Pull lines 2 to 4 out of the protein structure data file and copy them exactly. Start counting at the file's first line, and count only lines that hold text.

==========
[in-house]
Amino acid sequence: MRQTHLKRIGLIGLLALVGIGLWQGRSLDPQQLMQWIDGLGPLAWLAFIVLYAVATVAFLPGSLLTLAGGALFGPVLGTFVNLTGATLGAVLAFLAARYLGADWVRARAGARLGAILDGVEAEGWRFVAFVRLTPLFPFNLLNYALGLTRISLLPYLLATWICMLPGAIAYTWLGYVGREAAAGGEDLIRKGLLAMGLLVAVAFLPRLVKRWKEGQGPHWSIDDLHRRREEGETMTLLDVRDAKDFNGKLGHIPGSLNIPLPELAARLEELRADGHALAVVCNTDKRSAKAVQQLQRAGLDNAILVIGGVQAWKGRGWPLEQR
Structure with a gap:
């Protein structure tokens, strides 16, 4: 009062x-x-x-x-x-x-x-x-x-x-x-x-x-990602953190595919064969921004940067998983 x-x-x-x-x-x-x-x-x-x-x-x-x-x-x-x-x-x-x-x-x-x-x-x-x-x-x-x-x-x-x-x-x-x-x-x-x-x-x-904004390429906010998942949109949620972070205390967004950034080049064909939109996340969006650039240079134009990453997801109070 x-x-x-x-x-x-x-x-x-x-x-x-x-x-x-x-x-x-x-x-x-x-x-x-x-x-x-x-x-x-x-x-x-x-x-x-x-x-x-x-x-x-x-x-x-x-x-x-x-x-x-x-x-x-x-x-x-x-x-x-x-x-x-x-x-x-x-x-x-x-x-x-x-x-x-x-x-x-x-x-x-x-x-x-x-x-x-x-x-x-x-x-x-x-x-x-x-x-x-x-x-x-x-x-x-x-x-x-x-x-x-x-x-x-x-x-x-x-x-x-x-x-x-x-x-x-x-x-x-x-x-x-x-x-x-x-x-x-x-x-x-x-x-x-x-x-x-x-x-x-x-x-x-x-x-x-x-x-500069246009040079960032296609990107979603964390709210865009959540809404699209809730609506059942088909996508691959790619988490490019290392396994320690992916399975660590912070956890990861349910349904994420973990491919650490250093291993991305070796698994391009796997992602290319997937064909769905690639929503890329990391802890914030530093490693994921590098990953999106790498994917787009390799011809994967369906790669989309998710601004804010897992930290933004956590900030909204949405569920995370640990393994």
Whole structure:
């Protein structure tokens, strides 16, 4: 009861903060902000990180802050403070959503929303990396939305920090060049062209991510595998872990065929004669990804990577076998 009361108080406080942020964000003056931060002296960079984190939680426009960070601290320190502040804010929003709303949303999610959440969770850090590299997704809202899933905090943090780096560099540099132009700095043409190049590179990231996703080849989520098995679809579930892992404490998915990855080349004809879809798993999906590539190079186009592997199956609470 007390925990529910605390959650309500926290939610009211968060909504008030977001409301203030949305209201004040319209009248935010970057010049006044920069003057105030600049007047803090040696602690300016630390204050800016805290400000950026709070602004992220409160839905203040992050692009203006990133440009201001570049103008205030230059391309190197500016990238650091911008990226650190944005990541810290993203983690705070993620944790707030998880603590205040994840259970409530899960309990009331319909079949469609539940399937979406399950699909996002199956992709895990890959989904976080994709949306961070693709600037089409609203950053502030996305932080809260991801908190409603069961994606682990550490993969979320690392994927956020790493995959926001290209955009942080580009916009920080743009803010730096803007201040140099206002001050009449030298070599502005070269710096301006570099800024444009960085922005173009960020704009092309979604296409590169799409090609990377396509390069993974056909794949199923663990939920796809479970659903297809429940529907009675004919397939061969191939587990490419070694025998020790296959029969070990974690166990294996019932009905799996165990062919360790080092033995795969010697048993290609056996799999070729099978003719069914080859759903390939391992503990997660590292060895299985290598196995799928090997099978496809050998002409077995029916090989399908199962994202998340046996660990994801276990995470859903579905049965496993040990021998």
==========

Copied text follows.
Amino acid sequence: MRQTHLKRIGLIGLLALVGIGLWQGRSLDPQQLMQWIDGLGPLAWLAFIVLYAVATVAFLPGSLLTLAGGALFGPVLGTFVNLTGATLGAVLAFLAARYLGADWVRARAGARLGAILDGVEAEGWRFVAFVRLTPLFPFNLLNYALGLTRISLLPYLLATWICMLPGAIAYTWLGYVGREAAAGGEDLIRKGLLAMGLLVAVAFLPRLVKRWKEGQGPHWSIDDLHRRREEGETMTLLDVRDAKDFNGKLGHIPGSLNIPLPELAARLEELRADGHALAVVCNTDKRSAKAVQQLQRAGLDNAILVIGGVQAWKGRGWPLEQR
Structure with a gap:
């Protein structure tokens, strides 16, 4: 009062x-x-x-x-x-x-x-x-x-x-x-x-x-990602953190595919064969921004940067998983 x-x-x-x-x-x-x-x-x-x-x-x-x-x-x-x-x-x-x-x-x-x-x-x-x-x-x-x-x-x-x-x-x-x-x-x-x-x-x-904004390429906010998942949109949620972070205390967004950034080049064909939109996340969006650039240079134009990453997801109070 x-x-x-x-x-x-x-x-x-x-x-x-x-x-x-x-x-x-x-x-x-x-x-x-x-x-x-x-x-x-x-x-x-x-x-x-x-x-x-x-x-x-x-x-x-x-x-x-x-x-x-x-x-x-x-x-x-x-x-x-x-x-x-x-x-x-x-x-x-x-x-x-x-x-x-x-x-x-x-x-x-x-x-x-x-x-x-x-x-x-x-x-x-x-x-x-x-x-x-x-x-x-x-x-x-x-x-x-x-x-x-x-x-x-x-x-x-x-x-x-x-x-x-x-x-x-x-x-x-x-x-x-x-x-x-x-x-x-x-x-x-x-x-x-x-x-x-x-x-x-x-x-x-x-x-x-x-x-500069246009040079960032296609990107979603964390709210865009959540809404699209809730609506059942088909996508691959790619988490490019290392396994320690992916399975660590912070956890990861349910349904994420973990491919650490250093291993991305070796698994391009796997992602290319997937064909769905690639929503890329990391802890914030530093490693994921590098990953999106790498994917787009390799011809994967369906790669989309998710601004804010897992930290933004956590900030909204949405569920995370640990393994």